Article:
Rock Creek Brangus

Zak and Cortney O’Brien

In high school, Zak O’Brien discovered and decided on raising Brangus cattle. Naturally, after he graduated with an animal science degree from Kansas State University, he bought his Rock Creek Ranch near South Coffeyville, Oklahoma, met and married his wife Cortney, and settled in to raising the commercial Brangus cattle he enjoys.

But enjoying cattle does not limit O’Brien’s expectations for productive cows and efficient feeder steers — a dedication to quality that earned Rock Creek Ranch the title of Commercial Brangus Breeder of the Year in 2015.

“I expect my cattle to do well but I don’t plan on it because you just never know,” O’Brien said. “I don’t want to talk them up or nothing — these cattle either do it or they don’t.”

O’Brien’s cows average 1,200 to 1,300 pounds and gain their weight on little more than grass. As heifers, they are artificially inseminated to a calving ease bull and then left with a clean-up bull for 30 days, and after 30 days all of the open heifers are sold.

Mature cows are allowed 45 days with one of O’Brien’s Brangus or Ultrablack bulls before they too are ultrasounded and culled. It’s a tough protocol, but one that has allowed O’Brien to create replacement females as well as feeder steers that excel in any environment.

“A lot of people think a Brangus is anything that’s got long ears on it but they’re thinking of cattle from South Texas or something,” O’Brien said. “They feed as good as anybody’s and they grow hair just fine — saying they don’t is just a myth.”

O’Brien retains ownership on his steers through Tiffany Cattle Company, a feedlot near Herington, Kansas. He uses the data he receives on his steers’ efficiency and grade each year to make decisions for his herd and to improve in the coming year.

“When I first started sending my cattle to Tiffany’s, I think he expected them to take a little longer to feed out because they had some extra ear,” Zak said. “After they fed well and had very few yield grade 4 or 5 animals, now they expect them to do as well as I expect them to.”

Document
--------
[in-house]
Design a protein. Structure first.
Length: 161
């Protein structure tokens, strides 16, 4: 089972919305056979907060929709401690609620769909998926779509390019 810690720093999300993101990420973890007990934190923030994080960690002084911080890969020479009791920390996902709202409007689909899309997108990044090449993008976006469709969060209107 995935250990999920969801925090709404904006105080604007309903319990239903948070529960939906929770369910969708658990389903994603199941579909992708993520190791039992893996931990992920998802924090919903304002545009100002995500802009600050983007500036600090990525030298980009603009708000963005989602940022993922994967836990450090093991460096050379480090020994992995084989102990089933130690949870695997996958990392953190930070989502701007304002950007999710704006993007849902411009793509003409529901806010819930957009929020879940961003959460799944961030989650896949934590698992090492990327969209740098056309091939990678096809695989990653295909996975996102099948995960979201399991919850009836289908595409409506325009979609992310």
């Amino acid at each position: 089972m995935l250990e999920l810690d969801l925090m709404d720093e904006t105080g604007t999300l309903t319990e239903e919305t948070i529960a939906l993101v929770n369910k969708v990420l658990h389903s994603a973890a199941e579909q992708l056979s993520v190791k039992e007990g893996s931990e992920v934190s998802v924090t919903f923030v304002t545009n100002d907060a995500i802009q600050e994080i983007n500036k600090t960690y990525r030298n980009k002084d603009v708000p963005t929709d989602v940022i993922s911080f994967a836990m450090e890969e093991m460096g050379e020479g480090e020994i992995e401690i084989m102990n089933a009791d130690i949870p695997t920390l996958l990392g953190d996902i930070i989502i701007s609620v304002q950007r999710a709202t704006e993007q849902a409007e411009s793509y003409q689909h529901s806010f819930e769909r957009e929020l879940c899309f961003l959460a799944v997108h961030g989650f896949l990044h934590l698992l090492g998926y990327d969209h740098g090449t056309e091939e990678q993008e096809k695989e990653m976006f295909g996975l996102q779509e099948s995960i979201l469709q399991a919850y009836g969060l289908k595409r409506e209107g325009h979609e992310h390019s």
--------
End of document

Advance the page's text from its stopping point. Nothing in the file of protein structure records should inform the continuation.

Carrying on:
At 92 to 95 percent Choice, O’Brien’s steers are a reflection of his management and attention to quality genetics. As cattle profit margins narrow, attention to efficiency is beginning to set Rock Creek Ranch apart.

“My last set of steers that came through the feedlot in the heat of the summer fed for right under 71 cents cost of gain,” O’Brien said. “The average of the feedlot was 78 to 80 cents for the best steers the feedlot had — so my steers put on 100 pounds of gain for $10 less than any others.”

While steers like those only get an “alright” stamp of approval from O’Brien, he has his reasons for being picky about the kind of cattle he raises. As he and Cortney raise their four children, Hadleigh, 14, Kayton, 13, Landry Jo, 11, and Owen, 8, they need a ranch environment that allows the kids to be involved both with the cattle and in school.

“The kids all work cattle with me whenever we work cattle and that’s one of the reasons we select bulls with good dispositions,” O’Brien said. “They are all very involved in school and FFA projects but when it comes time to work, they’re ready to lend a hand.”

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